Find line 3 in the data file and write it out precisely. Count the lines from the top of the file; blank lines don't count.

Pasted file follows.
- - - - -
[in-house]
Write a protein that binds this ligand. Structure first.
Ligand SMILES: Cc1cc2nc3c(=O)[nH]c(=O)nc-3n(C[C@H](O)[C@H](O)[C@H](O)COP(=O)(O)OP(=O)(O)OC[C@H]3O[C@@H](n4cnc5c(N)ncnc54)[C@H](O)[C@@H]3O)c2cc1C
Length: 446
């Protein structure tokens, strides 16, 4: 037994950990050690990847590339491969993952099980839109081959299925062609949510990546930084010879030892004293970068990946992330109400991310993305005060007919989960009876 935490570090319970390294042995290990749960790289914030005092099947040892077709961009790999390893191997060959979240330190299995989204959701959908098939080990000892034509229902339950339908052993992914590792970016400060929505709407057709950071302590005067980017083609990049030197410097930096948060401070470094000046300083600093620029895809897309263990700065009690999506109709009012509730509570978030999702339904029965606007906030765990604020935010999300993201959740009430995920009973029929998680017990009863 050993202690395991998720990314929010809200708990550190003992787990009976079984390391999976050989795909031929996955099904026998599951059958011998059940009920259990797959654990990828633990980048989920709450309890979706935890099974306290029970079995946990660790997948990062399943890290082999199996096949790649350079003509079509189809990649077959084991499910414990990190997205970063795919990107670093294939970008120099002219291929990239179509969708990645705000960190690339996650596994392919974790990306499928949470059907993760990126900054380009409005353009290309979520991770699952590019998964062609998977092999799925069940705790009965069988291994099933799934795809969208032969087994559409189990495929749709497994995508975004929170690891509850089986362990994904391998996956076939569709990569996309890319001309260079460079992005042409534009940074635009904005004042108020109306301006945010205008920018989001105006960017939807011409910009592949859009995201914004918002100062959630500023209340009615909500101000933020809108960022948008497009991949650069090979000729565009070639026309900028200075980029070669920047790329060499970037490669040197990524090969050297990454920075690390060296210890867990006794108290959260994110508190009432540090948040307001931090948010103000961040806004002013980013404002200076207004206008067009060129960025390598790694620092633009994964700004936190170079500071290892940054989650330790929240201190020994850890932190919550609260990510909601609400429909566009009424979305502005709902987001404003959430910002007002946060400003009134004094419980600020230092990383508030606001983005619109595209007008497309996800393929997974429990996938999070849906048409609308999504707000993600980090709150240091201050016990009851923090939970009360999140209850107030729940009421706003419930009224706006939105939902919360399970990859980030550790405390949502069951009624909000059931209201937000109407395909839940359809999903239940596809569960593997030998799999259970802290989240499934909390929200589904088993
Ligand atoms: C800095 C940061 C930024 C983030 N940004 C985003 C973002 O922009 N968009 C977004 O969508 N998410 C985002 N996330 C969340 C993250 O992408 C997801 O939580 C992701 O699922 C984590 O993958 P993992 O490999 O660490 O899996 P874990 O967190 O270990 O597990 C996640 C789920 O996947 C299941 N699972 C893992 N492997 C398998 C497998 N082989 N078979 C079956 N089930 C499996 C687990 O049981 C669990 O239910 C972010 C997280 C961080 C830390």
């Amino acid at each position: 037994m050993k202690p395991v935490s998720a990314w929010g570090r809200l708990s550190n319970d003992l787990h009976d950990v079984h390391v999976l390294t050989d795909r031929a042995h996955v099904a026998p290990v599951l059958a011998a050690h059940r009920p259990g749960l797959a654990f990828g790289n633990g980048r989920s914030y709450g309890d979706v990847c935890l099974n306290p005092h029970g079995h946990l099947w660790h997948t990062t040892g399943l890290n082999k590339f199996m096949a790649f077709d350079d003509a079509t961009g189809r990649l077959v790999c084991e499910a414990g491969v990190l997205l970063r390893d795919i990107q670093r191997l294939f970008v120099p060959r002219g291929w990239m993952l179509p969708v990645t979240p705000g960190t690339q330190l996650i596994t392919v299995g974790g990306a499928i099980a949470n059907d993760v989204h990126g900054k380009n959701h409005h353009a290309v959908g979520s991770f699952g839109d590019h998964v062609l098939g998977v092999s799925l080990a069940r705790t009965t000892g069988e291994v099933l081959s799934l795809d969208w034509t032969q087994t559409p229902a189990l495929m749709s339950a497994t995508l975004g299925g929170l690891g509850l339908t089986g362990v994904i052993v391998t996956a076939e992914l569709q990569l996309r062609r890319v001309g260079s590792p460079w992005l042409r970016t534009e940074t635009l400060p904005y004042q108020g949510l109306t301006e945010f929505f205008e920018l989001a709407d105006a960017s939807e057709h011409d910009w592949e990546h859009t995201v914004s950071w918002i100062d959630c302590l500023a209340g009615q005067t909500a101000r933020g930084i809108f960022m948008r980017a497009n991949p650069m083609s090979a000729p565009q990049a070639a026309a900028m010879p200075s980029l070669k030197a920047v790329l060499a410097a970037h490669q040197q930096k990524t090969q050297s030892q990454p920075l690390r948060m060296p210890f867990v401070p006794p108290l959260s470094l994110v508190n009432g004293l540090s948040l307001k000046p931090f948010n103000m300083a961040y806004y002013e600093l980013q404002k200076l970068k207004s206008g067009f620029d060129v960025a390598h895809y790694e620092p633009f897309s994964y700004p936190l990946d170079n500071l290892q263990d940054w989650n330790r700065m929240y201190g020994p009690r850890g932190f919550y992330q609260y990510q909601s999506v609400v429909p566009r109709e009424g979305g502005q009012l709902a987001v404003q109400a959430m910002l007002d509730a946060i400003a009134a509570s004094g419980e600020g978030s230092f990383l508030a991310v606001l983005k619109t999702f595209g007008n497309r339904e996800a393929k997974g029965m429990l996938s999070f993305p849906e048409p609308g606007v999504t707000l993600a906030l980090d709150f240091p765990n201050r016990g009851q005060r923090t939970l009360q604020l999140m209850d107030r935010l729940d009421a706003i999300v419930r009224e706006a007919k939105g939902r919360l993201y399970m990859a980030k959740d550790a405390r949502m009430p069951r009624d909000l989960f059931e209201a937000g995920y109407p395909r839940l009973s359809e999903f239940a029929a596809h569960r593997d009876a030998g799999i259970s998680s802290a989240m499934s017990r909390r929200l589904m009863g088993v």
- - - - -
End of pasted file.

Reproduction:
Ligand SMILES: Cc1cc2nc3c(=O)[nH]c(=O)nc-3n(C[C@H](O)[C@H](O)[C@H](O)COP(=O)(O)OP(=O)(O)OC[C@H]3O[C@@H](n4cnc5c(N)ncnc54)[C@H](O)[C@@H]3O)c2cc1C